William Yorath, who played for Glamorgan in 1889 and 1890, was one of the best-known faces in the legal world of Edwardian Cardiff, besides acting as a Conservative councilor and the City’s Coroner for Cardiff for over fifteen years. He also played rugby for Cardiff, besides playing a key role both on and off the field during the early years of Glamorgan CCC.
The son of a Cardiff brewer, William attended Bedford School where he shone as a young sportsman before subsequently training as a solicitor. William’s first major match had been for Cardiff in June 1880 against the United South of England at the Arms Park. In August that summer he also made his debut for the South Wales CC and, in subsequent appearances, played alongside many other leading figures from the legal world.
Indeed, it was through his sporting contacts that he was able to set up a successful practice in Cardiff with Fred Jones, another sports-mad young lawyer who also played rugby and cricket to a high standard, with their office just a stone’s throw away from the Arms Park. By 1886 William was secretary of the Cardiff club, and through a combination of his Conservative links, and friends within the South Wales CC, he became a trusted acquaintance of JTD Llewelyn.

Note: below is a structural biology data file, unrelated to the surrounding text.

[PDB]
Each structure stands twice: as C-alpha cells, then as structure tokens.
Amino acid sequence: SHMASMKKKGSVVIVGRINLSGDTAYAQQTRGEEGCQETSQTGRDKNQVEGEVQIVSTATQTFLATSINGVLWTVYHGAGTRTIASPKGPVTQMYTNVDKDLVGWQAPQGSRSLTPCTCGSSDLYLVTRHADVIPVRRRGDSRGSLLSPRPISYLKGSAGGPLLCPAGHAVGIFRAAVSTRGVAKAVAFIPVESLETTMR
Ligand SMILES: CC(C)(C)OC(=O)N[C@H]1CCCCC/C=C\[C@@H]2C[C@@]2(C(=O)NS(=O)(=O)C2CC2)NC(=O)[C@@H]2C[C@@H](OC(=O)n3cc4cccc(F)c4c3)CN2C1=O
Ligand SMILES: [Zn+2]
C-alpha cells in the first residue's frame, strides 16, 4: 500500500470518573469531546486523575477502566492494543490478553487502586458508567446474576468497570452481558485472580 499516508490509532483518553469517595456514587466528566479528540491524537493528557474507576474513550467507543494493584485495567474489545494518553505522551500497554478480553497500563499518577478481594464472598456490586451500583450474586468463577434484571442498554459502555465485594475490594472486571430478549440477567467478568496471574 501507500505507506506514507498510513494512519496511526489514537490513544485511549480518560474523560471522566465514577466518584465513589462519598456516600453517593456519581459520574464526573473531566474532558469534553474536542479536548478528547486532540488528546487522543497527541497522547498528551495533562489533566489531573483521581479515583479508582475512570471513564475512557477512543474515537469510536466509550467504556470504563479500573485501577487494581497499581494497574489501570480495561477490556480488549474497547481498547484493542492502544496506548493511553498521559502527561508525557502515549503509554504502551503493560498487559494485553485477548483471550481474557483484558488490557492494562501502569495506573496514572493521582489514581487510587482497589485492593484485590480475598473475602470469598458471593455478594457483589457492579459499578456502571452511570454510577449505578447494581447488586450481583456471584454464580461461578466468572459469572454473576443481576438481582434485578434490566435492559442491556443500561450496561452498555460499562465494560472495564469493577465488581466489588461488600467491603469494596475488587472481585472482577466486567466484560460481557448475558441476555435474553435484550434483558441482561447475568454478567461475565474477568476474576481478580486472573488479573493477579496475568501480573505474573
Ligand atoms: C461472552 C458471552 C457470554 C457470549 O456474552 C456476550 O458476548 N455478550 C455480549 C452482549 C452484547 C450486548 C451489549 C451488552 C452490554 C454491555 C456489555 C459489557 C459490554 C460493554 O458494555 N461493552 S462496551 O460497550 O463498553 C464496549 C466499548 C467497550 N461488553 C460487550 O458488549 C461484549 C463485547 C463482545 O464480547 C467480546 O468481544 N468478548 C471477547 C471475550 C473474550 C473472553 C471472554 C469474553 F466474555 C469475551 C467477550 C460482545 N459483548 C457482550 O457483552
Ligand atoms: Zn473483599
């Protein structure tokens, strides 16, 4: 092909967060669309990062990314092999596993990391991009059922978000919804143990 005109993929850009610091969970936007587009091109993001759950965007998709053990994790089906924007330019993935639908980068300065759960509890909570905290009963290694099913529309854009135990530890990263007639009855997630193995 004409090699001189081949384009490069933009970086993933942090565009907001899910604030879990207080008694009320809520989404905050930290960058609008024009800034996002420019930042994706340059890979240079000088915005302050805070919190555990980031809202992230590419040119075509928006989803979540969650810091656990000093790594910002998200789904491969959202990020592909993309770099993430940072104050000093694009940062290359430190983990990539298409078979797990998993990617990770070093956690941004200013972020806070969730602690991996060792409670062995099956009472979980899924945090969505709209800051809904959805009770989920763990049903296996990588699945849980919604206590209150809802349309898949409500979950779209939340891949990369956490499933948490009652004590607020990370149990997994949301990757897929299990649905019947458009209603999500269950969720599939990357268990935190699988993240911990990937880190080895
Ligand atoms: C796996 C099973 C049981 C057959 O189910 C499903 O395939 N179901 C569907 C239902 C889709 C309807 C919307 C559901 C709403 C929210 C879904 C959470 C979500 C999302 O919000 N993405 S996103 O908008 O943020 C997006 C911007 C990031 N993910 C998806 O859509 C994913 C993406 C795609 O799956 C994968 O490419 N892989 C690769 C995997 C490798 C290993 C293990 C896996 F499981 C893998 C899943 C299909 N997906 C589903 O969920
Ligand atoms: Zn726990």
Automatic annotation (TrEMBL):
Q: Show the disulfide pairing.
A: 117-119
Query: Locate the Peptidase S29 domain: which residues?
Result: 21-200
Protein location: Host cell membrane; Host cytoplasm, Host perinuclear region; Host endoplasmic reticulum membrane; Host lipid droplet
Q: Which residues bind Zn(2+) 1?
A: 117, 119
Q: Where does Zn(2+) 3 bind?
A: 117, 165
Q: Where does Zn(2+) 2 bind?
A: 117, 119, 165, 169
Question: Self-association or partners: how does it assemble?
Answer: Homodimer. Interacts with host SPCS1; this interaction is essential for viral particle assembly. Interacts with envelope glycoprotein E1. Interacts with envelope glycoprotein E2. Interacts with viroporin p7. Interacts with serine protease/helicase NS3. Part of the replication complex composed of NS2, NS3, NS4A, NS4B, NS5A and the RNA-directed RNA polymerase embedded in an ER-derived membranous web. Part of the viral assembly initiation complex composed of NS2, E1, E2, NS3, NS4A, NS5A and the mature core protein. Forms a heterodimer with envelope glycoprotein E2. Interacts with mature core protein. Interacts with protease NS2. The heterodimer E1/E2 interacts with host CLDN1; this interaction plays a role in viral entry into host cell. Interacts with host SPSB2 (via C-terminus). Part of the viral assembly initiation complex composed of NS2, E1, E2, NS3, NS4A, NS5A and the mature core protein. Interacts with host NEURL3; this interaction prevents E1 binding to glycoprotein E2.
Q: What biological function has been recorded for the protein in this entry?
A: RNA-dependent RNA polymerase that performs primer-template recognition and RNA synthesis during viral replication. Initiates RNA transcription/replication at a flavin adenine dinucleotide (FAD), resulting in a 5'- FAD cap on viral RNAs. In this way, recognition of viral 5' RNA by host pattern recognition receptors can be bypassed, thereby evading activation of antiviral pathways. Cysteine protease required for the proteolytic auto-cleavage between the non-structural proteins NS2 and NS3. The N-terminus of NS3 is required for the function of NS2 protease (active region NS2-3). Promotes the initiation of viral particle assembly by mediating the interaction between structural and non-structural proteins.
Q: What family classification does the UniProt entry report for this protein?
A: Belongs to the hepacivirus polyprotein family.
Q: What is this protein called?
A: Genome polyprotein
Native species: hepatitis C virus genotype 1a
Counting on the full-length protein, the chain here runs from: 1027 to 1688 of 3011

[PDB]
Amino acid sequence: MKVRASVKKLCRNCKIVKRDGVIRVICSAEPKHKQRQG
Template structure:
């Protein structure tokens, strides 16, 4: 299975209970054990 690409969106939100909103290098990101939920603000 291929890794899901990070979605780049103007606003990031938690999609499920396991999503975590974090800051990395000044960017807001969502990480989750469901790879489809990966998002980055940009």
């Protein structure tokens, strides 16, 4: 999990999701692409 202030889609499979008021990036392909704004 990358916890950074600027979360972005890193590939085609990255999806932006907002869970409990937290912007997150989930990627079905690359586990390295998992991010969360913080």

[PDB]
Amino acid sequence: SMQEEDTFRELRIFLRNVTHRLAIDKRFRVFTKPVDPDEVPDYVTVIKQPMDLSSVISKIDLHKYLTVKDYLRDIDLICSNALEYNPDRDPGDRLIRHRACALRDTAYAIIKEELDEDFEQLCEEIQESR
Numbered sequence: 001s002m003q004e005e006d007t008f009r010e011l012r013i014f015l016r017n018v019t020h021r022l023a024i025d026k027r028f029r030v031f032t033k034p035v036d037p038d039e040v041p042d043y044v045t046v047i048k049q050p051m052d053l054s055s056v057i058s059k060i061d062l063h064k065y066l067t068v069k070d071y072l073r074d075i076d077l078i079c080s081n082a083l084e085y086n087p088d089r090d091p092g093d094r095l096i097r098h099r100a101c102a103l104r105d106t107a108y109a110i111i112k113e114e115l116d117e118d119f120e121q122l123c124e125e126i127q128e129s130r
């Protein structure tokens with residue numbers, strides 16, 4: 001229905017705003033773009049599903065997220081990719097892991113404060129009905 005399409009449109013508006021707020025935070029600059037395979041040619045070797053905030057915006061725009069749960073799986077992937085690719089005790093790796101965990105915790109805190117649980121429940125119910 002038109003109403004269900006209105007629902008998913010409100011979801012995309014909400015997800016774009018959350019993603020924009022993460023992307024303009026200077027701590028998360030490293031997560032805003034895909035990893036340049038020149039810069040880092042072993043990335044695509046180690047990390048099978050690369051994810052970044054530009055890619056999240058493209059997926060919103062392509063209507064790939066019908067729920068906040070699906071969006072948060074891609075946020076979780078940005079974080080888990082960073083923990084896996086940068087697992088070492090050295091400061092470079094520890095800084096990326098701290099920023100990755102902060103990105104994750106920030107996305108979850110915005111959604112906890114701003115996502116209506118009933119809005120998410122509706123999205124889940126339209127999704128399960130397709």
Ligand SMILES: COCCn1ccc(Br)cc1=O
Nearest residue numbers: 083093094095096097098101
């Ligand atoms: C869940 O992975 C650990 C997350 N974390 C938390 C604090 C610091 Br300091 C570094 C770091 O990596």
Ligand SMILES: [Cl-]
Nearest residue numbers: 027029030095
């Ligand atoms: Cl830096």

In 1888 William agreed to assist his friend in creating Glamorgan CCC, and on the evening of 6 July 1888 he was present at the Angel Hotel in Cardiff as the county club came into being, with William agreeing to act as its first secretary. In the course of the subsequent weeks, William also helped to organize the trial match against Llwynypia CC, before playing in three games for Glamorgan in 1889.
The middle-order batter made a duck on his debut against the MCC at Lord’s but he made 21 in the second innings and retained his place for the subsequent games against Surrey Club and Ground at The Oval and the MCC at the Arms Park in late August. He made one further appearance for Glamorgan in 1890, against the MCC at Swansea, but his legal duties prevented him from making himself available for these two- and three-day games.
William subsequently enjoyed a distinguished career in local politics in the Welsh capital, serving as a city councilor, besides acting as deputy mayor in 1905/06 and being President of the Cardiff Law Society. After retiring from playing cricket and rugby, William enjoyed playing golf and besides being a founding member of Radyr Golf Club, he was a playing member of the Royal Porthcawl Club.
He also took great delight in seeing his son Glynne make his way into both the Cardiff 1st XI and 1st XV but Glynne was killed during November 1917 in the Battle of Cambrai. William and his wife never really recovered from the death of his cherished son and he died of heart failure in 1924.
YORATH, William Lougher.
Born – Cardiff, 2 December 1862.
Died – Cardiff , 3 April 1924.
Career Best Performance
Minor County Friendlies – 21 v MCC at Lord’s, 1889.